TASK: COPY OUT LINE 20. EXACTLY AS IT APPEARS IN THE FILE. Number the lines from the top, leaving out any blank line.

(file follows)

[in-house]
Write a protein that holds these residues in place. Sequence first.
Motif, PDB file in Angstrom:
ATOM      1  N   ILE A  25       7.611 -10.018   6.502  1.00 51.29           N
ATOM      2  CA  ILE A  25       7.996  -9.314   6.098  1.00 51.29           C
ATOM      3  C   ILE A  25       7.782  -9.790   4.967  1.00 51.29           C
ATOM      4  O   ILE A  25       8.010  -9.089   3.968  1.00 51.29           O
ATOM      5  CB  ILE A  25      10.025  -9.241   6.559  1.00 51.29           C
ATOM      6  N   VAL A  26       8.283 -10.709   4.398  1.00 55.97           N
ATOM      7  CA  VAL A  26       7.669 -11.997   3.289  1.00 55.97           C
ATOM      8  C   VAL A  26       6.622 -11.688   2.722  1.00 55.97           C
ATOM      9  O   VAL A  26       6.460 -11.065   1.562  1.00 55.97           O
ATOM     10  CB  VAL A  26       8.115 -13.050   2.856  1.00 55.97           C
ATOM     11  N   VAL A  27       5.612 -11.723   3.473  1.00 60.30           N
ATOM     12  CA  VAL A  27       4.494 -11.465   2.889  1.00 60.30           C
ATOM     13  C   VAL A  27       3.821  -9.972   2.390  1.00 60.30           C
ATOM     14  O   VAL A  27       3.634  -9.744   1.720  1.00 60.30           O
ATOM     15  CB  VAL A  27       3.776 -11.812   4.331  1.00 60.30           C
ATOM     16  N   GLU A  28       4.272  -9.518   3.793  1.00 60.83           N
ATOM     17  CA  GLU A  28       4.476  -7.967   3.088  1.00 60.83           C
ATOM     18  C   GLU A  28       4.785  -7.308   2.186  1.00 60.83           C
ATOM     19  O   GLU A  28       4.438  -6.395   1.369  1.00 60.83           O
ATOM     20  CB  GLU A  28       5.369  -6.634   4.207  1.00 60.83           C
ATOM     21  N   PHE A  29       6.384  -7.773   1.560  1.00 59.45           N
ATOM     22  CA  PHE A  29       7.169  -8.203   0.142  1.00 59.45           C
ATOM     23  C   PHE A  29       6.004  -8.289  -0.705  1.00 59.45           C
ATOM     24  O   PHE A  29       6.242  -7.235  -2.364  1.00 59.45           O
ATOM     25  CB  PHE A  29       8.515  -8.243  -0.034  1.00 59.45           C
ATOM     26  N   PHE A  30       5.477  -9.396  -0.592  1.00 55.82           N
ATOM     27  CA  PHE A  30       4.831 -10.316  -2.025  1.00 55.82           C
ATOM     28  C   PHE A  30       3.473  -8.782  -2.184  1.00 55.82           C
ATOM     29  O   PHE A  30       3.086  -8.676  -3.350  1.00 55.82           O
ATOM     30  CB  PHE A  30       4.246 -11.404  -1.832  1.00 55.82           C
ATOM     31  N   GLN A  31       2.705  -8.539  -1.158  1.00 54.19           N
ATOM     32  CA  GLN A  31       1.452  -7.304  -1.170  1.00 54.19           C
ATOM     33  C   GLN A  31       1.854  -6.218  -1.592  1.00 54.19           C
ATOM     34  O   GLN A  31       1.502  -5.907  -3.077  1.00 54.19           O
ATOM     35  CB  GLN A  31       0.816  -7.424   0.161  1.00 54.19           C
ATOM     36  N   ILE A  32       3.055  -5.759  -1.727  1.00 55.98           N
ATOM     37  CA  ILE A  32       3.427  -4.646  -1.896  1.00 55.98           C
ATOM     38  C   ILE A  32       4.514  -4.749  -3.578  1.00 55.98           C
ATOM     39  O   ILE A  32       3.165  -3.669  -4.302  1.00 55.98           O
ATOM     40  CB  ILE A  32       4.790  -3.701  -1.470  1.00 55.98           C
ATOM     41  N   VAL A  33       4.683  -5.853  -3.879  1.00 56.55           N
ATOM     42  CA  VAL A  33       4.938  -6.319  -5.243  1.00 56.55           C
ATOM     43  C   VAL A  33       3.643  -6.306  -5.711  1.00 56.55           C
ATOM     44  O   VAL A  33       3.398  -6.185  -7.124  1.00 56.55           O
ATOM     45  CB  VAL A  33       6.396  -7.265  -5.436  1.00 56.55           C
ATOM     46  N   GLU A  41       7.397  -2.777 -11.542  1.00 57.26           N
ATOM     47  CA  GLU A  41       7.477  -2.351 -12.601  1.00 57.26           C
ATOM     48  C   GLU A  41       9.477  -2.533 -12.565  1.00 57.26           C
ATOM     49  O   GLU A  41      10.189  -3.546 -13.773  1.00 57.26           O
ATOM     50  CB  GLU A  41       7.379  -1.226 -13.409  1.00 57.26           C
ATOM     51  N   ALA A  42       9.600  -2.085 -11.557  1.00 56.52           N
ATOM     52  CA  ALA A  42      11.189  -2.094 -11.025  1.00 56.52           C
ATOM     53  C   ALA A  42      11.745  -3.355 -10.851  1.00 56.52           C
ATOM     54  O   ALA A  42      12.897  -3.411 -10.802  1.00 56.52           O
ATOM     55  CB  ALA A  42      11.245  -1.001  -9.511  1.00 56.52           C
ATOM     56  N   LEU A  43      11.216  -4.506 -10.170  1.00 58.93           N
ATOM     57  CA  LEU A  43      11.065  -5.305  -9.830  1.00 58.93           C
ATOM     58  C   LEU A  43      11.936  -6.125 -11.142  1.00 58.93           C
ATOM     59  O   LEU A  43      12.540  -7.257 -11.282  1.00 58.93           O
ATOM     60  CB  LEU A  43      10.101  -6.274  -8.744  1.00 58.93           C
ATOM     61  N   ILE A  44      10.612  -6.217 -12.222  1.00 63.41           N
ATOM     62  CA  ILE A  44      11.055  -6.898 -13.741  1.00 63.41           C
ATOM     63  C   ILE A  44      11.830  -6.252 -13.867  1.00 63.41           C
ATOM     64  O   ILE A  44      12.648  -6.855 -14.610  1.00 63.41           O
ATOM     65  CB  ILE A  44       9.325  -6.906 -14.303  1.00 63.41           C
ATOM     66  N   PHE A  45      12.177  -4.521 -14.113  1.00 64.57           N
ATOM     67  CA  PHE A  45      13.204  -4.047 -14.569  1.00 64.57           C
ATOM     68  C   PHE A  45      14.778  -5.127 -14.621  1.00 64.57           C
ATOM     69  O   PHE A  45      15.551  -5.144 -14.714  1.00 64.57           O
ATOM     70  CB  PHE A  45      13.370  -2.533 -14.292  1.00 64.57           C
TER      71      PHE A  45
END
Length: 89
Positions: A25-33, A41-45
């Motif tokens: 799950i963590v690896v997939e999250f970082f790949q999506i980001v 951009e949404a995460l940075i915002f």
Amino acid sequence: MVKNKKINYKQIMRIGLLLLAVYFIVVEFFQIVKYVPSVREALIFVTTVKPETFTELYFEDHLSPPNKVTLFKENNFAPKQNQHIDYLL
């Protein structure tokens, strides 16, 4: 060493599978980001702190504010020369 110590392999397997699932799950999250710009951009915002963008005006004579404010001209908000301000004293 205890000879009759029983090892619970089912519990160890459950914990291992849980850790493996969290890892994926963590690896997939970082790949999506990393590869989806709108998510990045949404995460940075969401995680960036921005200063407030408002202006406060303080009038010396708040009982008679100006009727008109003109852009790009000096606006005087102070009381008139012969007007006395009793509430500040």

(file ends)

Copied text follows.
ATOM     17  CA  GLU A  28       4.476  -7.967   3.088  1.00 60.83           C